Tales from the Himalayas by Priyanka Pradhan Takes You on a Nostalgia Date With Your Childhood

Someone pushed gently at our gate and my husband rushed to check. I saw his face light up with a smile and he was wishing our visitor a happy new year. Our visitor was hardly bothered and babbled away in her merriment. She and my husband have been trying to befriend each other for a while now. I played the observer. The only part of the conversation that I understood was when she said ‘Oh My God’, although I have no idea what made her say that. “Children – theirs is a world of bliss. Won’t it be wonderful to be a child all again?”, I thought to myself. So, the universe conspired later in the day to grant me the wish. Except there was a twist. The wish came true in the form of Priyanka Pradhan’s ‘Tales from the Himalayas’.

As an adult, we tend to oversee the various emotions that fill the world of a child and paint them all in the colours of carefree joy and playful innocence. The book reminded me of how wrong I was. While their world is a lot simpler than ours, they too experience a whirlwind of emotions. Priyanka Pradhan makes us relive at least some of those different emotions, joy included, in her book ‘Tales from the Himalayas’. 

The book, published by Rupa Publications, is a collection of 17 short stories based mostly out of Kumaon, Uttarakhand. Some stories like ‘Kafal’ are inspired from age-old folklore. However, some of them do sound contemporary, especially the ones that touch upon social issues. The story ‘The Villain’ for instance reassures the dark-skinned Kisna to be comfortable in her own skin. In ‘The Bagpiper’ Priyanka encourages little Paru to defy the tradition that doesn’t allow girls to play the masak-been from the bottom of her heart.

Stories like the ‘Daak Ghar’ and ‘The Village Monster’ remind me of those days when I would be terrified to go alone into the kitchen at night for the fear of ghosts. 

Priyanka introduces her readers to the hills, the birds, the berries, the songs, the food and the very culture of this Himalayan state. While ‘Haria’s Kitchen’ made me hungry for all the delicacies of Kumaon, I liked how cleverly she employed the narration to acquaint us with the Choliya dancers with their swords in ‘Holi’ and the famous song of Kumaon in ‘The Spring Song’. She also draws inspiration from history and brings to us the stories of Indian explorer and surveyor, Nain Singh Rawat and Gaura Devi of the famous Chipko movement.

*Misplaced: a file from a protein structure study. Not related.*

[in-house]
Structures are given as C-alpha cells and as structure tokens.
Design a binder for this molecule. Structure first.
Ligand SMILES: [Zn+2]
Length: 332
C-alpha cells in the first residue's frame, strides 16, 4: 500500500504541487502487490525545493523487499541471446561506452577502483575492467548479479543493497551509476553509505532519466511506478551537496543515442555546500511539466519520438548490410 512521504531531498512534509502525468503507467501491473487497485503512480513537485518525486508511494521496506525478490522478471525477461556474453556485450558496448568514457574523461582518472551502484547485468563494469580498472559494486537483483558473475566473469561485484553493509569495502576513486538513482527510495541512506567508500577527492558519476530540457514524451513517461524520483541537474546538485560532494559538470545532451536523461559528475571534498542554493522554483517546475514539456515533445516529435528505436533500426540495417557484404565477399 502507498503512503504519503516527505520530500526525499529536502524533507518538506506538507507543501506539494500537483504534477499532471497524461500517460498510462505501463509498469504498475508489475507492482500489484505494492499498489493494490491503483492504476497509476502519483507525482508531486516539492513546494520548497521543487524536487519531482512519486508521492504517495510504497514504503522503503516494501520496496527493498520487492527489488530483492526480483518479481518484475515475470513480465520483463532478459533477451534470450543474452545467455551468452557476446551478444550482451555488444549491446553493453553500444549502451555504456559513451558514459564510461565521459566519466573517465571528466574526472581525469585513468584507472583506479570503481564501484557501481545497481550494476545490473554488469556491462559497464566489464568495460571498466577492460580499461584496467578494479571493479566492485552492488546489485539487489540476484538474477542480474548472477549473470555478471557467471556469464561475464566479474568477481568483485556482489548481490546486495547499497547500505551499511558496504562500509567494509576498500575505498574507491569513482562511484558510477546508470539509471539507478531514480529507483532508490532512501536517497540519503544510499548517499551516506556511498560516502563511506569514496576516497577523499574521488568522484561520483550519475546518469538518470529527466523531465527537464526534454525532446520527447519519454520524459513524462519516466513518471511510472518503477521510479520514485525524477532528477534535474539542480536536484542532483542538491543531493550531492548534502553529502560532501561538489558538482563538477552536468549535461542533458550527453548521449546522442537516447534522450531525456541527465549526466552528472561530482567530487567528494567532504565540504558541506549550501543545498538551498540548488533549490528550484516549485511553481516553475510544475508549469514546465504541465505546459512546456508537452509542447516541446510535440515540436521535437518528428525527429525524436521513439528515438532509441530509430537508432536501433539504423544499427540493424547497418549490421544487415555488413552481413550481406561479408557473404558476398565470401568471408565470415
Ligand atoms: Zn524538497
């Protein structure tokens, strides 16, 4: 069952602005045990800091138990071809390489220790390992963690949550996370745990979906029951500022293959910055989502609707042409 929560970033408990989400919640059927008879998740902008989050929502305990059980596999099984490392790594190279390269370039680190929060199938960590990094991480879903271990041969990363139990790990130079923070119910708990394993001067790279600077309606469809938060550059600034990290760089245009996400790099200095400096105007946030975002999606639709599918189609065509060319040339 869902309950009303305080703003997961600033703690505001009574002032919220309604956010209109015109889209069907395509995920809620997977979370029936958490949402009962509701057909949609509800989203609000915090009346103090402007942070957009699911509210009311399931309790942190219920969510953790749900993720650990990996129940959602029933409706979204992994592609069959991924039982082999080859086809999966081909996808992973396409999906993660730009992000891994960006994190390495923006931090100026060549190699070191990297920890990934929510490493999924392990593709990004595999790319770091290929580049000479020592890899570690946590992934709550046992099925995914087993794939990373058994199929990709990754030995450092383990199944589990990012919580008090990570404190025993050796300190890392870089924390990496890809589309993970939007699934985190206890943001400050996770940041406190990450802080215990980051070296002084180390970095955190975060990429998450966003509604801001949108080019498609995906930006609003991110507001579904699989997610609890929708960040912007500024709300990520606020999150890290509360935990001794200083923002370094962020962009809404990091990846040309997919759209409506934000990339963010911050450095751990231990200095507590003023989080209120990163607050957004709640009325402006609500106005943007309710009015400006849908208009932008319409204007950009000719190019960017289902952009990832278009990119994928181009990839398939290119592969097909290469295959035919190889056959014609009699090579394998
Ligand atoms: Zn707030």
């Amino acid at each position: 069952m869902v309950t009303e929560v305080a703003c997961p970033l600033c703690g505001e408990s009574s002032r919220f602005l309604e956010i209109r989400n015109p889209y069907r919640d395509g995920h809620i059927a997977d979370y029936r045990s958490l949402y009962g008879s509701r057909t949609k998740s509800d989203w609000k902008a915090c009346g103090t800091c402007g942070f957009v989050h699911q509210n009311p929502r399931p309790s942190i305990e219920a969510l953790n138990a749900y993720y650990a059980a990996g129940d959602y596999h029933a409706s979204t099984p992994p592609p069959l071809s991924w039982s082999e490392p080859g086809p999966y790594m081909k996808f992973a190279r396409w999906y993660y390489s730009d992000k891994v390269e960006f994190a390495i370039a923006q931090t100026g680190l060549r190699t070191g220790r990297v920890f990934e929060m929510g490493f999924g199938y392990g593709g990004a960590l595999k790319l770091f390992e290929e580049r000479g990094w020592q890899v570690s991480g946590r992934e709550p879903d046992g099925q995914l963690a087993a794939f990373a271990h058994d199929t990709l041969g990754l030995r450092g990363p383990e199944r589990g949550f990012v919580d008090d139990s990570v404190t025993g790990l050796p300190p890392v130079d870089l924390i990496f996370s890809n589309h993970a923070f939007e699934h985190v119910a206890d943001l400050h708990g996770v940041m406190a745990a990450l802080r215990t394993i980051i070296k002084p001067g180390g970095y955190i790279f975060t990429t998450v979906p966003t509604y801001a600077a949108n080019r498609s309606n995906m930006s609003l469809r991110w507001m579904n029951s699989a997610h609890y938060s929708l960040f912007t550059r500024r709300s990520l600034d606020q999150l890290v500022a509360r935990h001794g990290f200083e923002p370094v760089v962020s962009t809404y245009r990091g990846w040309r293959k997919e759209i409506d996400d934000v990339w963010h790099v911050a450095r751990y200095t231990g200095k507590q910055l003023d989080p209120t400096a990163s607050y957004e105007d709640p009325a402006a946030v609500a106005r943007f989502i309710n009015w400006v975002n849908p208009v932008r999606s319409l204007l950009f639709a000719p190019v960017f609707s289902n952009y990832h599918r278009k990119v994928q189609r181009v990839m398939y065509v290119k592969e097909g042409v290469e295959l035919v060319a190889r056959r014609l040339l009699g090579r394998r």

The memories of  our childhood are never complete without our grandparents. So it is only natural that grandmothers and grandfathers make their presence felt in ‘Tales from the Himalayas’. The award-winning ‘Postcard’ especially is quite heartwarming. My favourite, though, is ‘The Long Lost Friends’. It reminds me of how everyone’s childhood is not the same yet most of us have been happiest as a child.

All the stories leave a moral for children and adults alike. Mohit Suneja’s illustrations add colour to this beautiful ride through the mountains. I couldn’t have asked for a better book to start the new year with. Go for it, for the nostalgia that it promises. More so if you are a parent because here is a book to bond over with your child.  

Syed Muhammad Ashraf’s ‘The Silence of the Hyena’ Is a Commentary on the Wild Side of Human Behaviour

Animal fiction is an intriguing genre in literature especially the ones that are written for adults. Be it Orwell’s Animal Farm or Perumal Murugan’s Poonachi, these works do not merely stay as works of fiction. They, instead, go on to serve as a commentary on society and its ironies. Syed Muhammad Ashraf’s ‘The Silence of the Hyena’ is one such commentary on human behaviour. Written originally in Urdu, the book is a collection of short stories and a novella translated by M.Asaduddin and Musharaff Ali Farooqi.  

Syed is one of the most prolific contemporary Urdu writers and also a Sahitya Akademi award winner. His works are known to be a poignant portrayal of the marginalized. ‘The Silence of the Hyena’ is no different and bears testimony to the pathos and deep sensitivity that his works carry. Interestingly all the animals in these stories are ‘wild’ and therefore, a sense of impending danger prevails over most of the stories. For instance, in the story title ‘Rogue’, where three men go out to hunt a rogue elephant on a winter night, you can almost feel a chill in your spine.

Happening at the edge of a forest, these stories, on one hand, depicts a day in the lives of people and their encounter with the wild beings. However, the symbolism in most of the stories is too hard to miss, especially the ones with the Hyena. Real horror begins when the difference between man and animal blurs and you can’t say who is who. In the story, ‘ And then laughed The Hyena’ when everyone in the family walks with a ‘chat-chat’ just like the hyenas, you are thrown into a world of eerie surprise and you end up reading it again to ensure you are not delusional.